Clip-off chemistry: A powerful novel strategy for synthesizing new materials
In the quest for new materials with excellent properties for specific applications, scientists have developed various synthesis strategies over the years, which have given them increasingly precise control over the process and, consequently, over its outcome. In reticular chemistry, specifically designed molecular building blocks are used to create new porous crystal structures, whose properties are strongly related to the periodic arrangement of those basic components. These so-called reticular materials include metal-organic frameworks (MOFs), covalent-organic frameworks (COFs) and metal-organic polyhedra (MOPs).
A team of researchers from the Catalan Institute on Nanoscience and Nanotechnology (ICN2), the Materials Science Institute of Madrid (ICMM-CSIC), the Universitat Autònoma de Barcelona (UAB) and the ALBA Synchrotron Light Facility (Barcelona)—coordinated by ICREA Prof. Daniel Maspoch and Dr. Inhar Imaz, respectively group leader and senior researcher in the ICN2 Supramolecular NanoChemistry and Materials Group—has pushed forward the approach to structure design of reticular chemistry by proposing a novel synthetic strategy. In what they named clip-off chemistry, new materials or molecules are generated by selectively breaking some of the bonds in known reticular materials.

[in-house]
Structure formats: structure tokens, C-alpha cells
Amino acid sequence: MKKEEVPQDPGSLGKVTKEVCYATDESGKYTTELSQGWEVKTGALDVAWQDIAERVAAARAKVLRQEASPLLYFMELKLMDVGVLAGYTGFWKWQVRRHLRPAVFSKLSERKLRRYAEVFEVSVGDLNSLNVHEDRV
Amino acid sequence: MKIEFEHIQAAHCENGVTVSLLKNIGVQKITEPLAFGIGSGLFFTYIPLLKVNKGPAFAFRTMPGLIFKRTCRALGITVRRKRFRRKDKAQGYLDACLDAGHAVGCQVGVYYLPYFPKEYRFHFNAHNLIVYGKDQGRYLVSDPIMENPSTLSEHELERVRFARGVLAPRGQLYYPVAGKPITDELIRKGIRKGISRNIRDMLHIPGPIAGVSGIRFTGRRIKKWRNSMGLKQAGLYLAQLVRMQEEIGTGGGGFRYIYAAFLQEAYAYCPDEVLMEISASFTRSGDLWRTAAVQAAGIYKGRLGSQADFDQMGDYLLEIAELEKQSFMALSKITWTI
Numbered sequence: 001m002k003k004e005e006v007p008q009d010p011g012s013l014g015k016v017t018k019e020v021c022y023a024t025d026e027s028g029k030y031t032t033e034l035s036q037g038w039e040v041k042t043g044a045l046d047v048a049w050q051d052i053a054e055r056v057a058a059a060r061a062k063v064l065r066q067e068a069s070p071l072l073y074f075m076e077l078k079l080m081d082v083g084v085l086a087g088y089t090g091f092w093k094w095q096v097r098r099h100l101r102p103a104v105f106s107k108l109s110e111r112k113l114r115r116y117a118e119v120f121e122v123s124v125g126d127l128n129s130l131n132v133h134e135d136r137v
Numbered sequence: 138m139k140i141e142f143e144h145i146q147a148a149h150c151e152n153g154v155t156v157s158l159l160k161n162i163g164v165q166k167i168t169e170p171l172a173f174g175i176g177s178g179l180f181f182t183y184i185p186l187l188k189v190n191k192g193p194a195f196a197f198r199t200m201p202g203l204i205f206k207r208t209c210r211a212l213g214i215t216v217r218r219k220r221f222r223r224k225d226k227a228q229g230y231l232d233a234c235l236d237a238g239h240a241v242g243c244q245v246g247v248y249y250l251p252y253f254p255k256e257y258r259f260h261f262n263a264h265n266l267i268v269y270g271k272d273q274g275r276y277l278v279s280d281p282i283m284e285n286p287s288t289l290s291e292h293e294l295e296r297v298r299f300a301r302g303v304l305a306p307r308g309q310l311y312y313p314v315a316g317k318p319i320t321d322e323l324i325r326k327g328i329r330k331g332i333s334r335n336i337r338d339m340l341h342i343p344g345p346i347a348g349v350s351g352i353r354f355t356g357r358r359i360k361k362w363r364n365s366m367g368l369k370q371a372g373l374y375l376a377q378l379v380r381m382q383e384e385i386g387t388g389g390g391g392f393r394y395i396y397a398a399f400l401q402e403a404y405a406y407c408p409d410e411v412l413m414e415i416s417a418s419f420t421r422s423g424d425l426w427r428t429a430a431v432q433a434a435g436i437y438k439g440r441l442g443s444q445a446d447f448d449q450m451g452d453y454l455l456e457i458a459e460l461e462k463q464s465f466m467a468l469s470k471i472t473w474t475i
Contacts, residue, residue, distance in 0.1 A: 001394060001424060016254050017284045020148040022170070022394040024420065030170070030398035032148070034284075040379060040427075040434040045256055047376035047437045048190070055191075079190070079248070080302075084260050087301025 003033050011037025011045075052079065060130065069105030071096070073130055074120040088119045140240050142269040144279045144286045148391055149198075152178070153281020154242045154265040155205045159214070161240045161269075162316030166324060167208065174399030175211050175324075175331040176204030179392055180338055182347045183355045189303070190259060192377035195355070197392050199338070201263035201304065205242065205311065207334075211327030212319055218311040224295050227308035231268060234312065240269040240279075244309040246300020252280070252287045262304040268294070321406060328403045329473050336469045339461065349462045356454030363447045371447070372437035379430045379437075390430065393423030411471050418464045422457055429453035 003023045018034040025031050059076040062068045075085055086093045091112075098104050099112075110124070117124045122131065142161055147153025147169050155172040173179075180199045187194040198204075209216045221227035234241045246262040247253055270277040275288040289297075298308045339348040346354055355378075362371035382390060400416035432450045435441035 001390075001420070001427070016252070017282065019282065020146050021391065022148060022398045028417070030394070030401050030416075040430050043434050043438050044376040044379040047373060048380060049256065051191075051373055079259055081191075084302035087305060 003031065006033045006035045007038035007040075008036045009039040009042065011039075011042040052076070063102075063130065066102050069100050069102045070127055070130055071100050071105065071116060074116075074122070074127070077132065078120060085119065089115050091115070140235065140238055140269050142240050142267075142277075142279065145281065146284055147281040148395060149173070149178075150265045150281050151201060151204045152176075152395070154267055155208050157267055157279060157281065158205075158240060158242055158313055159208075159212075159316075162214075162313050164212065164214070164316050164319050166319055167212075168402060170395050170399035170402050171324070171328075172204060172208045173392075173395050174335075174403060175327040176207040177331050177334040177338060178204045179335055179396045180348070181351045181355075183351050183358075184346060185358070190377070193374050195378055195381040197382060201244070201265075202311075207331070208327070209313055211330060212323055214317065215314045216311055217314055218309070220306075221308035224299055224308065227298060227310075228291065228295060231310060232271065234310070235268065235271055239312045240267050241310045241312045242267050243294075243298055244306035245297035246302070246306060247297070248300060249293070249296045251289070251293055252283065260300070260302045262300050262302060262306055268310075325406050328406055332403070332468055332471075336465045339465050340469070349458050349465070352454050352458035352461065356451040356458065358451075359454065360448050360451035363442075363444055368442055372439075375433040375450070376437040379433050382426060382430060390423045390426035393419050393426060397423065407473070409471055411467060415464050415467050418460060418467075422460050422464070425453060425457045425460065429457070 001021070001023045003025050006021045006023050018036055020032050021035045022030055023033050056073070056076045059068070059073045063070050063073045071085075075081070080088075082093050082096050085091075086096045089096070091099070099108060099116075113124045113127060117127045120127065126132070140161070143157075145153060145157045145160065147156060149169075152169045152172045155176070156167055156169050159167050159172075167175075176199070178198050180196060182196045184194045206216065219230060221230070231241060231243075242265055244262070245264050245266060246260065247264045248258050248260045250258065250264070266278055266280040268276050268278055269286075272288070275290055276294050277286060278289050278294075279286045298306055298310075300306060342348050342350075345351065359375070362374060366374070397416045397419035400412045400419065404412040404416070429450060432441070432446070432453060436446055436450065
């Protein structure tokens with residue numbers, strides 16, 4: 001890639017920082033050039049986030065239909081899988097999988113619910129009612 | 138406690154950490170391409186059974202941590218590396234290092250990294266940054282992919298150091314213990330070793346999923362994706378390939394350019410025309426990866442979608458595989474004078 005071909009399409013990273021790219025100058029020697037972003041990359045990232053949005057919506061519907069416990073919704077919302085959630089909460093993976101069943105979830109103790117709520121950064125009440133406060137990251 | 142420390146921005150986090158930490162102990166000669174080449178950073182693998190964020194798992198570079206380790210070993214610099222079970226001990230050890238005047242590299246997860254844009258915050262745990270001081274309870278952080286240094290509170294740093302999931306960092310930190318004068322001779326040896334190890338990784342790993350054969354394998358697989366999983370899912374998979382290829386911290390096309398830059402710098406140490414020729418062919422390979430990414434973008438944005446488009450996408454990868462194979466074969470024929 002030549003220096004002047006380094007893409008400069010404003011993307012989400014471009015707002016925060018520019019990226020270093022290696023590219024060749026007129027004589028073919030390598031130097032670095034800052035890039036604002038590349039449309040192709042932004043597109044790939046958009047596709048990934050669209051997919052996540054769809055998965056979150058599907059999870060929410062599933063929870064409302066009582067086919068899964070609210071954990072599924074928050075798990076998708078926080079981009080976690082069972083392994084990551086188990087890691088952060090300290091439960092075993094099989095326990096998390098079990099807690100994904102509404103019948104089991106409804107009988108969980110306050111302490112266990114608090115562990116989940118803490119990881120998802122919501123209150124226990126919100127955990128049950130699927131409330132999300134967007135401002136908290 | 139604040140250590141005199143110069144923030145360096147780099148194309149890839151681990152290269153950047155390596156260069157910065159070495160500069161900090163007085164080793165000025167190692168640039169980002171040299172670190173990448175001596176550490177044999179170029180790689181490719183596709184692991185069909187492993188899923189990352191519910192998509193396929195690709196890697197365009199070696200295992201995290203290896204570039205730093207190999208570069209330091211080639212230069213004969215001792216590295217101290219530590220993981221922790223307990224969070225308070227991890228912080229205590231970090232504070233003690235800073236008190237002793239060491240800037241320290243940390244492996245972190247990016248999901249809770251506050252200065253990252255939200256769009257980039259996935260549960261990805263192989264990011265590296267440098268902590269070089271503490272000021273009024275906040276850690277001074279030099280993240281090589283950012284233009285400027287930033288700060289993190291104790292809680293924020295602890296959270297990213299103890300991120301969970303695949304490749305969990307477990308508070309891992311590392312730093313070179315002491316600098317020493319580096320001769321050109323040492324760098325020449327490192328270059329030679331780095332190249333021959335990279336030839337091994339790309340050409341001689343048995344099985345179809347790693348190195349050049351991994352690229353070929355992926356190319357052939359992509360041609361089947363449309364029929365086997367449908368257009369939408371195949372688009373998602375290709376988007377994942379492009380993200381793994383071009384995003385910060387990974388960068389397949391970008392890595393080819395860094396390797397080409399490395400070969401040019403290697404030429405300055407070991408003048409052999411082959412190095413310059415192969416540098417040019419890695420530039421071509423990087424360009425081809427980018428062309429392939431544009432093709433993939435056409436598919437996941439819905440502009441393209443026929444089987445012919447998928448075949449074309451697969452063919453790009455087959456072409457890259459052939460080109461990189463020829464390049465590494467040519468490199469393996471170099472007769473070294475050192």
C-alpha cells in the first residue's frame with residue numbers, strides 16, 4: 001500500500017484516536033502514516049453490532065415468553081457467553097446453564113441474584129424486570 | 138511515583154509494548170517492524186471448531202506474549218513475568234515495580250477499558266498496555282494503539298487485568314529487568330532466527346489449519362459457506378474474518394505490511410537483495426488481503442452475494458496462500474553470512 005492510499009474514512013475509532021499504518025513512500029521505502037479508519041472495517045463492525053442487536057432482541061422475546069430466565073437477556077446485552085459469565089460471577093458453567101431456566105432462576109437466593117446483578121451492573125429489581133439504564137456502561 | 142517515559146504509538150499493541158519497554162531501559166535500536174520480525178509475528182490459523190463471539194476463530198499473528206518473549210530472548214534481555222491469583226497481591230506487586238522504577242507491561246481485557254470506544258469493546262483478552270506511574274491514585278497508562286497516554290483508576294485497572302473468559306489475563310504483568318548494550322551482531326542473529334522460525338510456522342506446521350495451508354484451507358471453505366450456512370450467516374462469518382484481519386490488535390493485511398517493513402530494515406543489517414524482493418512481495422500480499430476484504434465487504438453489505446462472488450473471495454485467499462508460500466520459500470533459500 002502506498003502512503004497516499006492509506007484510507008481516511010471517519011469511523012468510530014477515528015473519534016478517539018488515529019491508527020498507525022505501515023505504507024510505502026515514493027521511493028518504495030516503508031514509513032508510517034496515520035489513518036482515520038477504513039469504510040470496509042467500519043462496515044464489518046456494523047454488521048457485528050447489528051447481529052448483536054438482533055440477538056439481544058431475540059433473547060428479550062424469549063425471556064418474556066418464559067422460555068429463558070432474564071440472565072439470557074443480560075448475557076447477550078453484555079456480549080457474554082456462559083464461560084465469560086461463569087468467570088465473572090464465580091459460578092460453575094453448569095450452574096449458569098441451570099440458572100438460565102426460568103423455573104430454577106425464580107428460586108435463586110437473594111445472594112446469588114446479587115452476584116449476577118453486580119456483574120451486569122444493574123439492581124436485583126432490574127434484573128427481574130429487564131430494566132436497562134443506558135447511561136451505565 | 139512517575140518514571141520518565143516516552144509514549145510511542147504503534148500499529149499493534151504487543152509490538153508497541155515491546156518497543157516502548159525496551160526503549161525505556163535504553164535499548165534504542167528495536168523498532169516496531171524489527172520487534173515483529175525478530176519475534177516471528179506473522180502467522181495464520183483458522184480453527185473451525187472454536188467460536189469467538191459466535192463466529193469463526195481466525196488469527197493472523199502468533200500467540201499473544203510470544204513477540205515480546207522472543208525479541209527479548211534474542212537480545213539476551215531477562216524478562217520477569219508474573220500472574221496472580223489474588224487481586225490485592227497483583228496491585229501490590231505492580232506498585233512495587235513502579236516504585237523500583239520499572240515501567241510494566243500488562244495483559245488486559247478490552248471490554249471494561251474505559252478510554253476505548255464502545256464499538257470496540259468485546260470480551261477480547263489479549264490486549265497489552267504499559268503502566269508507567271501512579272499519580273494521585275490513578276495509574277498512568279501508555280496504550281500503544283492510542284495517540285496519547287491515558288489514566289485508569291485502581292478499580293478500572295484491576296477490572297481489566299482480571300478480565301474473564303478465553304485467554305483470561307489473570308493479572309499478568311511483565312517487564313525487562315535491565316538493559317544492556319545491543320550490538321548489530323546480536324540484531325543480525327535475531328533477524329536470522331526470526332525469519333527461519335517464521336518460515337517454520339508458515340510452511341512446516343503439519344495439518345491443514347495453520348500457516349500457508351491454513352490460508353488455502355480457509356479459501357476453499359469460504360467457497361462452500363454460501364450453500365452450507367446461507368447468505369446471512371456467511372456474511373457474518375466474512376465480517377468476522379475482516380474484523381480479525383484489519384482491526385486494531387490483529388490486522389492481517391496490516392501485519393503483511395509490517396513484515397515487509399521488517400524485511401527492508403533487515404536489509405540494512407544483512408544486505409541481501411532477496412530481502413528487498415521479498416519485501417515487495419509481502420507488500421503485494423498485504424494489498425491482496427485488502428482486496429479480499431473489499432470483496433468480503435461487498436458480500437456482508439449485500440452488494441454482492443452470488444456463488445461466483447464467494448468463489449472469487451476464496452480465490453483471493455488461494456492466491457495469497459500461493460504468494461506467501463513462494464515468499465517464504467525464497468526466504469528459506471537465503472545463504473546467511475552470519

In a paper recently published in Angewandte Chemie, they demonstrated the validity of their approach by modifying three-dimensional MOFs or zero-dimensional MOPs via splitting—rather than formation— of bonds in their architecture. Since only selected bonds are cleaved, the resulting structures present a new topology and different properties, while retaining its original dimensionality. For this technique to work, however, the precursor reticular material must have cleavable alkene groups (which are functional groups containing one or more carbon-carbon double bonds) located at specific positions in its structure.
Using clip-off chemistry for the first time, the authors of this work synthesized new molecular structures, starting from existing ones. In order to perform these syntheses, cleavable alkene groups were chemically introduced in the precursor materials. In practice, some of the original linkers were replaced with others of similar size and geometry containing the desired groups, that is, the breakable bonds. After appropriate treatment, those bonds split and what is left is a lattice structure made up only of the circuits of connections that did not include the cleavable groups.
A powerful new tool for forging novel materials and molecules is therefore provided to scientists. The application of such technique to a variety of structures can lead to the engineering of a plethora of new molecular blocks and structures.